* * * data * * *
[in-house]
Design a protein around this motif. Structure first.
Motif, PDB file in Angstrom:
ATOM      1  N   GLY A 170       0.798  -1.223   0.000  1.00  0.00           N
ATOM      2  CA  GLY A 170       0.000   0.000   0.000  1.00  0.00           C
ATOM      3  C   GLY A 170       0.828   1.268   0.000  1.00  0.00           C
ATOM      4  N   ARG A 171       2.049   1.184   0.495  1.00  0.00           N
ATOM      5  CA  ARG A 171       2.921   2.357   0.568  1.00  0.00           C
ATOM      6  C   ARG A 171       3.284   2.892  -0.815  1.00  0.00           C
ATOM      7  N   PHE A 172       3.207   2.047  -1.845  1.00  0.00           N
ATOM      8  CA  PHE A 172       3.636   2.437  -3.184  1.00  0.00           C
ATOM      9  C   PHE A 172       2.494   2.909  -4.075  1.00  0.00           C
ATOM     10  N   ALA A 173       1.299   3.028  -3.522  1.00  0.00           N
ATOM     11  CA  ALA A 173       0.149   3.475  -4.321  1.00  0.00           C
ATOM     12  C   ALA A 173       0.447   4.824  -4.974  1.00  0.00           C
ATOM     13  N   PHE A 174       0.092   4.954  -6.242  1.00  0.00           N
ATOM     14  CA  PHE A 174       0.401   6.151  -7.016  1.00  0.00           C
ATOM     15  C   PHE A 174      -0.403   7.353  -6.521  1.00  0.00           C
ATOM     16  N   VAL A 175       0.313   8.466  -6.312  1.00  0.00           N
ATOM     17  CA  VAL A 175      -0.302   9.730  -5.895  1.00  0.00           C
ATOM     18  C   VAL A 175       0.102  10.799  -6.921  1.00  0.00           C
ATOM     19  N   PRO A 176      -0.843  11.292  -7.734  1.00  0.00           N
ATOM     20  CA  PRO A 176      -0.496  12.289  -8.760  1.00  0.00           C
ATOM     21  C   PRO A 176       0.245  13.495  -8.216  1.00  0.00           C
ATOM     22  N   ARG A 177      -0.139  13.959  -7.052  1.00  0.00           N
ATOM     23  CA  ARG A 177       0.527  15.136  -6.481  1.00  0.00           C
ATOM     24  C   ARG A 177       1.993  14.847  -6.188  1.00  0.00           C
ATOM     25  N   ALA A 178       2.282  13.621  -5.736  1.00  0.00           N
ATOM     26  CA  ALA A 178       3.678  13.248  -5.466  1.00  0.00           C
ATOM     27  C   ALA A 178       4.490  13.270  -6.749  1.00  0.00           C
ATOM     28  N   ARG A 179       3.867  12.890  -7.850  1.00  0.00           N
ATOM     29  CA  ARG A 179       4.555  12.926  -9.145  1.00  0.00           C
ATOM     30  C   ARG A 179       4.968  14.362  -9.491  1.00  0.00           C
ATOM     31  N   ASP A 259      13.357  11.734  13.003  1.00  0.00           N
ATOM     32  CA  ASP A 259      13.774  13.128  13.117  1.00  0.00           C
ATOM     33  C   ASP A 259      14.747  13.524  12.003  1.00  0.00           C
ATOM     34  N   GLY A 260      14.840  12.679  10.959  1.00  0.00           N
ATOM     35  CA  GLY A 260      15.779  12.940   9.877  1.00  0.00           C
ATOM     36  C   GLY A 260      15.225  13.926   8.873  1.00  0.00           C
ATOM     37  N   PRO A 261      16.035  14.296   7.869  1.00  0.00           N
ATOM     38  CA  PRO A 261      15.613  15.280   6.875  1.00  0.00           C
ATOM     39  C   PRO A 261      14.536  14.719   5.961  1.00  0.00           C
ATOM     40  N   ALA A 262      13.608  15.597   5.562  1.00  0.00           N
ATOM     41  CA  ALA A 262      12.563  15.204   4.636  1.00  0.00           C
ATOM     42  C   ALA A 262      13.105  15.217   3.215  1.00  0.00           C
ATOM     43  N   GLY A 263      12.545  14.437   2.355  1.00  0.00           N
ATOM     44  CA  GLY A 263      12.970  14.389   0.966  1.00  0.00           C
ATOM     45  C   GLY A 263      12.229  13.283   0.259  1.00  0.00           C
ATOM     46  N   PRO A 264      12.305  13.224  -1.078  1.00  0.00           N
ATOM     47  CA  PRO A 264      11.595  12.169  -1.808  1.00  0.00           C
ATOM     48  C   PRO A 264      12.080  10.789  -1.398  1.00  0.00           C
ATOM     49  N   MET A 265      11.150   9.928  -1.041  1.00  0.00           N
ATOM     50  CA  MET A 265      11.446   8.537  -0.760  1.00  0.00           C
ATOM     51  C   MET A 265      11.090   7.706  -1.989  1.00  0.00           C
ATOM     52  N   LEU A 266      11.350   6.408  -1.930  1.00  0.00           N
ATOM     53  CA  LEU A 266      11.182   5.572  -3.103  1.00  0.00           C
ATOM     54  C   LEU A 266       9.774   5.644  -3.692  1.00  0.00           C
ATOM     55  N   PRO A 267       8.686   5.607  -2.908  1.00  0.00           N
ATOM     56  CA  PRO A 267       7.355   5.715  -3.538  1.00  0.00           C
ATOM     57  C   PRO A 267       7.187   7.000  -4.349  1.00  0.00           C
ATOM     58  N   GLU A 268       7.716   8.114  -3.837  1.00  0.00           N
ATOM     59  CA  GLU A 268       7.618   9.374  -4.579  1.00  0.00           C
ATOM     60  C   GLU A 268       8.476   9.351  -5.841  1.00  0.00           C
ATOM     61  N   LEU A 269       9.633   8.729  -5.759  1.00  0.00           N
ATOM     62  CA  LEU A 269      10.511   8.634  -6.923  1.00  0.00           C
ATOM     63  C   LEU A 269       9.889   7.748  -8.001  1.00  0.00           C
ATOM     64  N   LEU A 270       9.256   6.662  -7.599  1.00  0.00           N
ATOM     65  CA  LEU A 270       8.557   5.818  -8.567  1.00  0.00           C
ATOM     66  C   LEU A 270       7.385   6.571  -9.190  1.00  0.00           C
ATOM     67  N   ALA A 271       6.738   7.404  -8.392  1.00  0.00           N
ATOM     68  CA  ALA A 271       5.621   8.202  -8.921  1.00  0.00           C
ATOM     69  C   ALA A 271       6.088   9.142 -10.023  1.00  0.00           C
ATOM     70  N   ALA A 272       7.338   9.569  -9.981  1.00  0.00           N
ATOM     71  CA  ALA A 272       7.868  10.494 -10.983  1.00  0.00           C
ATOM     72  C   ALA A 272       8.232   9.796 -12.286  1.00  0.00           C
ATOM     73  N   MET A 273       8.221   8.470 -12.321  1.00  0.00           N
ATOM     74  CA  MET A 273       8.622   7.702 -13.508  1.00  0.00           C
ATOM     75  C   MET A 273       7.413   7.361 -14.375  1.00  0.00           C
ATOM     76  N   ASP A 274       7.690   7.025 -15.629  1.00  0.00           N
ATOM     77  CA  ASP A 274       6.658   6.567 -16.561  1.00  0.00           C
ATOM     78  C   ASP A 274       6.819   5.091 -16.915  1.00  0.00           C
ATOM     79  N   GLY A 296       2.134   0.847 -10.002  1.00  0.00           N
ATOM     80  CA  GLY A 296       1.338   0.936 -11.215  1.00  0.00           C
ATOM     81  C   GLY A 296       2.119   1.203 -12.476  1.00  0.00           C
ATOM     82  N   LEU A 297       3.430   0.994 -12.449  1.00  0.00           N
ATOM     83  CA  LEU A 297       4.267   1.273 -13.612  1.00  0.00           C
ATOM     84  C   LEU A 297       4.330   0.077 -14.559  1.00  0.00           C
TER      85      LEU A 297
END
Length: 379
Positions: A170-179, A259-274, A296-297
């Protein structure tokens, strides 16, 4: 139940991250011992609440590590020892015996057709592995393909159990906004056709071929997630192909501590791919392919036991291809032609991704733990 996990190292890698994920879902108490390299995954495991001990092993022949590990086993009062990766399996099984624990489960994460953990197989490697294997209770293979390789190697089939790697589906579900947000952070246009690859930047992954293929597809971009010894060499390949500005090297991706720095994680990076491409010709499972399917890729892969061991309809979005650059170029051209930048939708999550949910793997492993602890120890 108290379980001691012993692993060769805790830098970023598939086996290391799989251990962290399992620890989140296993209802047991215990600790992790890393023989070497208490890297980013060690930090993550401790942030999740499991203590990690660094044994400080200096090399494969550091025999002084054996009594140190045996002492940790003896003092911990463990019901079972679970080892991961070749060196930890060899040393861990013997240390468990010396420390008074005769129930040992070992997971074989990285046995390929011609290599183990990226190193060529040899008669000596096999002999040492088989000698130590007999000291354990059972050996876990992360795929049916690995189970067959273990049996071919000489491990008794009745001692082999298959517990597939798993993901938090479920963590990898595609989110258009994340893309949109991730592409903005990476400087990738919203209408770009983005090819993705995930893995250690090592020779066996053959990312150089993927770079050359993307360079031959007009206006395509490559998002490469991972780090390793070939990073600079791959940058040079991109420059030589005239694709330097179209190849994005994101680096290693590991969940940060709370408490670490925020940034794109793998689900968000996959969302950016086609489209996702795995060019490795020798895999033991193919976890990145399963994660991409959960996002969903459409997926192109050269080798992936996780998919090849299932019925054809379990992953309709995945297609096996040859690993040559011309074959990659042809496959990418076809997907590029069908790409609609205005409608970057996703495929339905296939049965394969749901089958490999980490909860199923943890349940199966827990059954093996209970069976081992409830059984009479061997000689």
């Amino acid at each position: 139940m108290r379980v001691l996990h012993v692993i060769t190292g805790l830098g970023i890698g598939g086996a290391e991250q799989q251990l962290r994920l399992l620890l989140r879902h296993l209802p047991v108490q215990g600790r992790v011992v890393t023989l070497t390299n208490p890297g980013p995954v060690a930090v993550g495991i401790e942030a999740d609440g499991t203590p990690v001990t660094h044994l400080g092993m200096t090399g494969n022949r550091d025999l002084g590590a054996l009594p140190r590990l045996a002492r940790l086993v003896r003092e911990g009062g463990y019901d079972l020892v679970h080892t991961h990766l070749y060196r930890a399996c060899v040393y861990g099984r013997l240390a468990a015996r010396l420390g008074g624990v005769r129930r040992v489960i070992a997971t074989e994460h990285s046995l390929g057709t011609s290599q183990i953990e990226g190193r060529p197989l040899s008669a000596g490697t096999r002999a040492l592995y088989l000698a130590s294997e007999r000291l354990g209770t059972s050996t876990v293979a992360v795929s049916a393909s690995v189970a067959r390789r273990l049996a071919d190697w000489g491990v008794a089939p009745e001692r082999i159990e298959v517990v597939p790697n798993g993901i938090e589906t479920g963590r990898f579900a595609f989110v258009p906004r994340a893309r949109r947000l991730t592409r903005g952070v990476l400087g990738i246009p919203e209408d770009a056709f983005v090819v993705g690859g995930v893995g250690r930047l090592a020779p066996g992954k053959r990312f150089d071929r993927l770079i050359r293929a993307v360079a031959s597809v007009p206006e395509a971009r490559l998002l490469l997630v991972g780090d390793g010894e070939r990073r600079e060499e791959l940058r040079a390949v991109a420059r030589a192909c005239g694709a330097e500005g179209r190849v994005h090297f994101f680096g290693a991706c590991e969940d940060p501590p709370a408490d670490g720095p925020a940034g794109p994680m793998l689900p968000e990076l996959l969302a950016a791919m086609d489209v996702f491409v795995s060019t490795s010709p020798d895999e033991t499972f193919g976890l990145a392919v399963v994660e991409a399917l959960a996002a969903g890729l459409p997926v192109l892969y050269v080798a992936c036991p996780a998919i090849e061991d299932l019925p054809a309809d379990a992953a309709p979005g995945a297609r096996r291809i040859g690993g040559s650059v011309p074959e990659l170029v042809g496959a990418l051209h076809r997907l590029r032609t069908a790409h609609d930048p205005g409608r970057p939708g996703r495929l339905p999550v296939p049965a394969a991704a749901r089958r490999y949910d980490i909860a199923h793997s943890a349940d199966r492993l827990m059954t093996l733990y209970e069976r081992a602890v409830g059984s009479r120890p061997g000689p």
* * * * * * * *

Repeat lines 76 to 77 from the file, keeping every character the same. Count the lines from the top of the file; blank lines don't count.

ATOM     73  N   MET A 273       8.221   8.470 -12.321  1.00  0.00           N
ATOM     74  CA  MET A 273       8.622   7.702 -13.508  1.00  0.00           C